SEP 21, 2016 5:18 PM PDT

Environmental Innovation: Holland's plastic roads


Last year at this time a Dutch construction company called VolkerWessels released their plans to build roads from plastics recycled from ocean trash. The roads would require less maintenance than asphalt and would be able to withstand greater extremes of temperature– between -40C and 80C. Roads could be laid in a matter of weeks rather than months and last about three times as long, the company claimed. Additionally, the plastic roads would be lighter, reducing the load on the ground, and hollow, making it easier to install cables and utility pipelines below the surface.
 
A prototype design of what a plastic road would look like. Photo: VolkerWessels\
 
At the time, the PlasticRoad project was still at the conceptual stage, and the company hoped to be able to put down the first fully recycled road within three years. Rotterdam, a keen supporter of sustainable technology, had already signalled its interest in running a trial and Jaap Peters, from the city council’s engineering bureau, said: “We’re very positive towards the developments around PlasticRoad. Rotterdam is a city that is open to experiments and innovative adaptations in practice. We have a ‘street lab’ available where innovations like this can be tested.”

So how has the PlasticRoad project progressed this last year?

According to VolkerWessels’ website, not much has been publicized about the project’s current standing. Last year Rolf Mars, the director of VolkerWessels’ roads subdivision, KWS Infra, told The Guardian, “It’s still an idea on paper at the moment; the next stage is to build it and test it in a laboratory to make sure it’s safe in wet and slippery conditions and so on. We’re looking for partners who want to collaborate on a pilot – as well as manufacturers in the plastics industry, we’re thinking of the recycling sector, universities and other knowledge institutions.”

It is uncertain if the project has been able to find those partners, as little can be found about the project since the revealment of its plans. However, at the time of this release, Mars was confident about the idea’s huge potential for future development, such as heated roads or ultra-quiet surfaces. He said: “As far as I know we’re the first in the world [to try this].”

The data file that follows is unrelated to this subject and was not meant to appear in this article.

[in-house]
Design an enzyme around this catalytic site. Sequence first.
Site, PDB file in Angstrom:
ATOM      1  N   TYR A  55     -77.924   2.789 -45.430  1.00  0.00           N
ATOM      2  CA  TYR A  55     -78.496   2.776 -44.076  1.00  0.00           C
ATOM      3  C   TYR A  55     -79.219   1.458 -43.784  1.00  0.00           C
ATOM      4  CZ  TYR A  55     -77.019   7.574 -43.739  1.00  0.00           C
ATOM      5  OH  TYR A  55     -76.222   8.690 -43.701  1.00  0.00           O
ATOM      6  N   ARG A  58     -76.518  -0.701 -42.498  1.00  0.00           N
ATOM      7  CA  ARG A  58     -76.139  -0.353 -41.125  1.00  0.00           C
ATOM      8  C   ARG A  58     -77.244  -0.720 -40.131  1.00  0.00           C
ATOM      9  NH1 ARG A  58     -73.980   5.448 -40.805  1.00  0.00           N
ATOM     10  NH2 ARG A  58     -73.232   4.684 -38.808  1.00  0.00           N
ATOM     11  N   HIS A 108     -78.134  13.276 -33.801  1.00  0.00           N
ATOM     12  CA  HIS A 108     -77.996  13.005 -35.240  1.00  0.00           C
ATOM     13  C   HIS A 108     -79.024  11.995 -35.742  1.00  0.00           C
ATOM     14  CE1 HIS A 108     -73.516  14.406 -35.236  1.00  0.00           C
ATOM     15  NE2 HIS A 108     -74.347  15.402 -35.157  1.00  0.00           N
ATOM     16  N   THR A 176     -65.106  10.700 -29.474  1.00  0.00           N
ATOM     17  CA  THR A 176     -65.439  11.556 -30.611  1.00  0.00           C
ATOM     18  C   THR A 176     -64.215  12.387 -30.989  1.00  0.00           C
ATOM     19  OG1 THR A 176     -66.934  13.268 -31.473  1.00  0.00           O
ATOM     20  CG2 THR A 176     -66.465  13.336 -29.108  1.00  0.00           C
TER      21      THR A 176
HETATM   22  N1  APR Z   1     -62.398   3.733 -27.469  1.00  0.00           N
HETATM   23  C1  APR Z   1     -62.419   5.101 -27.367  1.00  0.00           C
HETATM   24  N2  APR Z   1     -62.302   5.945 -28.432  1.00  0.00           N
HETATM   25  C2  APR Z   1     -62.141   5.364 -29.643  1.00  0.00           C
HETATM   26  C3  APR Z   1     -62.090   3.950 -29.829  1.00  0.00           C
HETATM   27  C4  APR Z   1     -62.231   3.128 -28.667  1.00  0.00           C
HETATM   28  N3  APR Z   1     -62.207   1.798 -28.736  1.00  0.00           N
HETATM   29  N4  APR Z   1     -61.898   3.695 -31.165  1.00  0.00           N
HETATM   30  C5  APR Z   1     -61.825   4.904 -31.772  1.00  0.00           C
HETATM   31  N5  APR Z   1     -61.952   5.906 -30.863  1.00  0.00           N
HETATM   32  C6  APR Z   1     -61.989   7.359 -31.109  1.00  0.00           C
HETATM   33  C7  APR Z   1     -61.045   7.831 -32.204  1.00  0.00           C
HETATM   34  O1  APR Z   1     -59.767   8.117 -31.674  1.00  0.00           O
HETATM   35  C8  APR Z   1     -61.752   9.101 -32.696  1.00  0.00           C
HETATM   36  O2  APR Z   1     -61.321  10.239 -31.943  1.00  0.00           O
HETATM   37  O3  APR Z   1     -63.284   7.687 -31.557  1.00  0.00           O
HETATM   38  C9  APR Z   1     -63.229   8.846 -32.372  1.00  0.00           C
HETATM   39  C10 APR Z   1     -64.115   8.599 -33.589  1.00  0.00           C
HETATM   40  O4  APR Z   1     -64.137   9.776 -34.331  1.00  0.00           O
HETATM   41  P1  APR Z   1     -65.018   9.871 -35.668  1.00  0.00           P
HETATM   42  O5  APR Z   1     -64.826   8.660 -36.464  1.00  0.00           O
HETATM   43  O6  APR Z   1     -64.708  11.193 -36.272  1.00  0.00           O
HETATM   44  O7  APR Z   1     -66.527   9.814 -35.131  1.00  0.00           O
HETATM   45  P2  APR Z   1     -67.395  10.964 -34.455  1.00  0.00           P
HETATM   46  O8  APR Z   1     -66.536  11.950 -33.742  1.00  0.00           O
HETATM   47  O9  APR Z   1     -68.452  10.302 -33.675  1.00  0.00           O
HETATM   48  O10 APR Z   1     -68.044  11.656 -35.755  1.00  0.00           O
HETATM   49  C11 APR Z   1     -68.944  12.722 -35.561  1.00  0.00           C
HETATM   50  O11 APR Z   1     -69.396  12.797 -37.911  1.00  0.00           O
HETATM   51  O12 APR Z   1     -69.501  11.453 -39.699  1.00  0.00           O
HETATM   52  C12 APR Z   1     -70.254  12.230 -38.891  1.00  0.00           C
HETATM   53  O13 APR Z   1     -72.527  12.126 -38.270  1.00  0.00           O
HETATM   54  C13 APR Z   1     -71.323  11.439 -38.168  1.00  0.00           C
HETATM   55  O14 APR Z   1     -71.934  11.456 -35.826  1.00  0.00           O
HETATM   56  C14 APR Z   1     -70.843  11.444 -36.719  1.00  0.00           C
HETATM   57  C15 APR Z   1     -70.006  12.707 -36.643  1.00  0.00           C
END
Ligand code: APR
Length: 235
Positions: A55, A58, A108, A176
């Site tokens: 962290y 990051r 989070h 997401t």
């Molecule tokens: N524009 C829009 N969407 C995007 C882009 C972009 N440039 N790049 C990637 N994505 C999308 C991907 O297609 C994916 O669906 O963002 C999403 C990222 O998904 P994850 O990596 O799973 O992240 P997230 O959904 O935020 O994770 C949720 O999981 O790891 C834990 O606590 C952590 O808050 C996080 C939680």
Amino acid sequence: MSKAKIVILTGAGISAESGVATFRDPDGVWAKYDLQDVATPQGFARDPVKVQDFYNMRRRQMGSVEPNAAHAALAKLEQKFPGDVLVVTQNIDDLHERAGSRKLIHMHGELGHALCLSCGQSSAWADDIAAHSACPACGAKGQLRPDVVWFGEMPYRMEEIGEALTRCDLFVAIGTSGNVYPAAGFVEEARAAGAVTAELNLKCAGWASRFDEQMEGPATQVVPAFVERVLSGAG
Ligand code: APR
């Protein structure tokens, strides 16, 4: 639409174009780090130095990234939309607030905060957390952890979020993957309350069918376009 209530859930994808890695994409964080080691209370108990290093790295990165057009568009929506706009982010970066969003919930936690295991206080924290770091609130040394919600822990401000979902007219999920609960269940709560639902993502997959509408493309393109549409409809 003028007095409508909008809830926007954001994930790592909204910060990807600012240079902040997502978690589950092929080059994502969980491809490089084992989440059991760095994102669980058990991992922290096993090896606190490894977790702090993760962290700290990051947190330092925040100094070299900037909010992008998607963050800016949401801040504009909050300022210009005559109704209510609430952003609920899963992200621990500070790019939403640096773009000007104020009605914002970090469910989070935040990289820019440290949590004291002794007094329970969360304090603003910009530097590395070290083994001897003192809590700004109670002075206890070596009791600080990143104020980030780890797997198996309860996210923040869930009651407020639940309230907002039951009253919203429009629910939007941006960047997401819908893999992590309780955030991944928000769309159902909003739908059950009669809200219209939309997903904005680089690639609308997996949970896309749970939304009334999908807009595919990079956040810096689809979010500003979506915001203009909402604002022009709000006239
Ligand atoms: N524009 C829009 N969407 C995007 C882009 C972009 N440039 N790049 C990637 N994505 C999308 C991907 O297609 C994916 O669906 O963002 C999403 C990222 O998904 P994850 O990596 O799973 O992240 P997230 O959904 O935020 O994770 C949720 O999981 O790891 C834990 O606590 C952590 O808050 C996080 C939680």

The VolkerWessels website explains: “The idea was conceived by looking at the problems that municipalities and we as contractors deal with. This includes societal problems, such as waste, combined with alternative materials for roads, as well as the future shortage of oil, which provides the most important component of asphalt: bitumen. Municipalities are looking for roads with little maintenance that last as long as possible. Other significant problems for municipalities are flooding (water storage), consolidations, cables and pipes. For contractors, asphalt is a great and sound product to build roads. However, contractors have to meet more and more demands concerning noise reduction, water permeability, and flatness. These questions and conditions were the inspiration which have led to the idea of the PlasticRoad.”

Hopefully this project will receive support from partners and can move forward. 

Sources: VolkerWessels, The Guardian, Dutch News
About the Author
  • Kathryn is a curious world-traveller interested in the intersection between nature, culture, history, and people. She has worked for environmental education non-profits and is a Spanish/English interpreter.
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